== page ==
As she worked in her kitchen, a thought came to her. Their elderly neighbor, Mrs. Martin, had a grove of pine trees on her farm. Fresh pine trees! And some of those pine trees would make perfect Christmas trees. Alice spoke to the Lord about those pines and her heart’s desire.
The next morning, she hurried into the kitchen and after mixing some yeast dough, she set it aside to rise. By the time breakfast was over and the kitchen cleaned, Alice worked her magic with the risen dough. Before her marriage, she had been a cook at a local hotel and was known far and wide for her excellent culinary skills.
When the cinnamon rolls were cool, Alice covered them with a cloth and put them in her market basket along with several dozen sugar cookies shaped like stars and a hatchet. Alice quickly glanced out the window. It was beginning to snow. She filled the cookstove with wood so the kitchen would be warm for her little ones, then gave the children some books to look at with the admonition to stay inside and away from the stove while she was gone. Ed was working inside the barn and wouldn’t be able to see her leave.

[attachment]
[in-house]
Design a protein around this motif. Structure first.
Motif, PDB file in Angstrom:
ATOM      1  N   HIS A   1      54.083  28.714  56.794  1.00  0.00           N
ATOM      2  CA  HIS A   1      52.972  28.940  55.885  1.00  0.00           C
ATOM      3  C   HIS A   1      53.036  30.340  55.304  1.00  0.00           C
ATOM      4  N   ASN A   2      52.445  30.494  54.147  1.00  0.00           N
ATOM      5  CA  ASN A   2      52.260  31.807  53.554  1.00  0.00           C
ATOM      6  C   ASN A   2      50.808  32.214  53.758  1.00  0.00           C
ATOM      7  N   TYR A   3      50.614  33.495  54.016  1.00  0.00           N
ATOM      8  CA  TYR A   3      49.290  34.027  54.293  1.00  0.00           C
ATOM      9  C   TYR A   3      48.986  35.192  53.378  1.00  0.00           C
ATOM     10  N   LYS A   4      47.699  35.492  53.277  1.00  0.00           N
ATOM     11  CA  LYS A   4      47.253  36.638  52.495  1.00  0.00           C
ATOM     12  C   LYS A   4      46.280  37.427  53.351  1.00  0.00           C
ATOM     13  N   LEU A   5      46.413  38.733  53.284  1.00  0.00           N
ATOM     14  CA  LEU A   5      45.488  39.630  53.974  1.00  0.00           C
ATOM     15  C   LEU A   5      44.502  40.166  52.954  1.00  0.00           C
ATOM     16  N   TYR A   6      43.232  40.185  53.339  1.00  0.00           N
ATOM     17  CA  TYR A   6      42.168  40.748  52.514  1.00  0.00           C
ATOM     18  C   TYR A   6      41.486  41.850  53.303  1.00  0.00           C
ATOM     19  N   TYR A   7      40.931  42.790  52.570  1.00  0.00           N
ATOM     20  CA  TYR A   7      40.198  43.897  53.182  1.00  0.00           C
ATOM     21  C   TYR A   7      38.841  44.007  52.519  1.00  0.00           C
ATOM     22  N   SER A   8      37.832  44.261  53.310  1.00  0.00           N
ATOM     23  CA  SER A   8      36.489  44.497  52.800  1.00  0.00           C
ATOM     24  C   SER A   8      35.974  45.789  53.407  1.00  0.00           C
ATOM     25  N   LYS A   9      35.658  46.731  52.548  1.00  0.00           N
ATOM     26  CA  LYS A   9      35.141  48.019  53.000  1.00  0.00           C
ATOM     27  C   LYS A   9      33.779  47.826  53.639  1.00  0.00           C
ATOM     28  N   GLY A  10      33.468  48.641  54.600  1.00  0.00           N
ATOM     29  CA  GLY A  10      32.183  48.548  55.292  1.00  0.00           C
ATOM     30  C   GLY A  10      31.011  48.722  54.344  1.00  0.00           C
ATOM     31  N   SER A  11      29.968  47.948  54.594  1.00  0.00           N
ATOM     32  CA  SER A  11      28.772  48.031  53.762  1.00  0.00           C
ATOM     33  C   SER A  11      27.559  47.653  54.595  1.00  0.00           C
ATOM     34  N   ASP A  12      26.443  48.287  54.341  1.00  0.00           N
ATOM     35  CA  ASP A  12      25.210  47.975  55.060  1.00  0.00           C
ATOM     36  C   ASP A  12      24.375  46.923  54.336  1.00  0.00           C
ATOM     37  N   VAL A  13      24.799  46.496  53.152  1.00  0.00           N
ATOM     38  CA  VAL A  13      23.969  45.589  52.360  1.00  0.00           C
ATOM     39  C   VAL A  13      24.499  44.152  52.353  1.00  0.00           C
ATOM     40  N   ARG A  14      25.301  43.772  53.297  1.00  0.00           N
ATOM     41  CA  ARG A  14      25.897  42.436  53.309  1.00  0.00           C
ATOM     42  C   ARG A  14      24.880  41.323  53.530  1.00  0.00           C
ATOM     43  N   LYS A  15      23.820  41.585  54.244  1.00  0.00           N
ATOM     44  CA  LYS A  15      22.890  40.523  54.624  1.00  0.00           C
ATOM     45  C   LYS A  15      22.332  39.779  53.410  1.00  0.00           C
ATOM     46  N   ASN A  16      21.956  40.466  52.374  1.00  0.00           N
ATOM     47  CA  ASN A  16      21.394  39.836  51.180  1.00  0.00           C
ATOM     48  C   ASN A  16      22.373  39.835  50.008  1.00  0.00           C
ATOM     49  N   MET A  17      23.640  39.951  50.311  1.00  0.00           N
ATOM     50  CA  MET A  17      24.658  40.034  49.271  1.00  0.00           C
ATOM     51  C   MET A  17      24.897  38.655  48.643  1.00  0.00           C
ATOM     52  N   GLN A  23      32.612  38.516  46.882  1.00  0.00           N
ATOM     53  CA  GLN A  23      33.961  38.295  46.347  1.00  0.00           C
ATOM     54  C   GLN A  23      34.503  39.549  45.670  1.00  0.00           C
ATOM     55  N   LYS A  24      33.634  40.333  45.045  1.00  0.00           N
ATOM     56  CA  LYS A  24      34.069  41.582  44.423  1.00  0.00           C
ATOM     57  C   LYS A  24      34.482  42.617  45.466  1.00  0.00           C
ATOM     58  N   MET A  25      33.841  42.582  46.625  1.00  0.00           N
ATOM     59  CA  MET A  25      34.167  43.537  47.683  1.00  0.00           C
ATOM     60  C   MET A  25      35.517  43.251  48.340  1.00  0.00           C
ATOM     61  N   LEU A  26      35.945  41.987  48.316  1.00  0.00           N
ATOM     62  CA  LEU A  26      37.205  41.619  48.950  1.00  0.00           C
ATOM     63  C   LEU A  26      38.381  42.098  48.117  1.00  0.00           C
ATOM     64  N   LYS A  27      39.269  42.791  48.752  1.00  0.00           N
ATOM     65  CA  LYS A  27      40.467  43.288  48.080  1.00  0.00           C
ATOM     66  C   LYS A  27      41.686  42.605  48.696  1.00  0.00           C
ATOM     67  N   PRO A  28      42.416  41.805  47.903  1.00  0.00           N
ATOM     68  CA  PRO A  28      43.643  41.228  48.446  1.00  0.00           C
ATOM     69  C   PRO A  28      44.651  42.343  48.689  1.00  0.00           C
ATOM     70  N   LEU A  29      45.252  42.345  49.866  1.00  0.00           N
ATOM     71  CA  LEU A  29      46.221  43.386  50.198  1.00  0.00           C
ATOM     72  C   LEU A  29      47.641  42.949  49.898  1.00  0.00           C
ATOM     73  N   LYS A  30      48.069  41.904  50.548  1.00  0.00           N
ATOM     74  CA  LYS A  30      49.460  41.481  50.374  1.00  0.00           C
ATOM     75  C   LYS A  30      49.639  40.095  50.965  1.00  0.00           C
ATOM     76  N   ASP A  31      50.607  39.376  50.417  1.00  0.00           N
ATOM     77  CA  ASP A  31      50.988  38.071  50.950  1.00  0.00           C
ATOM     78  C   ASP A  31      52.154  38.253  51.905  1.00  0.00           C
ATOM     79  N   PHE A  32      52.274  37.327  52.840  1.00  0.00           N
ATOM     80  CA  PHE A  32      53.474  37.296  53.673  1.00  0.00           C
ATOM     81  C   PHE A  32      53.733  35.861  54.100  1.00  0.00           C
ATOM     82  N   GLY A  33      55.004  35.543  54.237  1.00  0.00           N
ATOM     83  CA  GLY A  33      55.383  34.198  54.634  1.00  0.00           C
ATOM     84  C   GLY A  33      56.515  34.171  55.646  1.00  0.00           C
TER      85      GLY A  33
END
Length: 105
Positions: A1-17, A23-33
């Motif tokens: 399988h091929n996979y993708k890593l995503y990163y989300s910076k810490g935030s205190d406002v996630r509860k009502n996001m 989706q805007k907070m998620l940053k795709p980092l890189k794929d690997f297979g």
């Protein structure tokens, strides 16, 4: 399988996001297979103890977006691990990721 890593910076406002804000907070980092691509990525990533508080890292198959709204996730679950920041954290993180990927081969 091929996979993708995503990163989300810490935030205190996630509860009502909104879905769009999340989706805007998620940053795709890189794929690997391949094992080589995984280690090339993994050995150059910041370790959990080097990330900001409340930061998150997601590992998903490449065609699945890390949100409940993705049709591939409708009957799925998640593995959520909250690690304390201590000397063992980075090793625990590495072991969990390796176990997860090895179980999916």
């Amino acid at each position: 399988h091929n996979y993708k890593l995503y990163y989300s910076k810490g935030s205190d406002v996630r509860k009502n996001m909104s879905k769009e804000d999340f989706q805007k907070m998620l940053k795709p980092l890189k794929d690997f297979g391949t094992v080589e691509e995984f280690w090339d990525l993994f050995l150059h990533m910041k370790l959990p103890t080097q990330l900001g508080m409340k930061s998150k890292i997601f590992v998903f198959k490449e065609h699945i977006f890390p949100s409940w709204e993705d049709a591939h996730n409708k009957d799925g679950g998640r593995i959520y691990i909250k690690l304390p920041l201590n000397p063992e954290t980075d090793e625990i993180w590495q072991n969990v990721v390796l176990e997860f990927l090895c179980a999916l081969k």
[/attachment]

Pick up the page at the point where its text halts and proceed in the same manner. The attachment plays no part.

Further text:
Pulling her worn coat around her, Alice hurried down the lane to the dirt road. Lowering her head against the biting wind, she realized that she’d forgotten her gloves but she was too far in the journey to go back.
Mrs. Martin opened her door and invited a snow-covered Alice to step inside, happy for the company. Alice handed the cinnamon buns and cookies to Mrs. Martin and asked if they could serve as payment for a small pine in the grove. Her four little ones had never had a Christmas tree, she explained.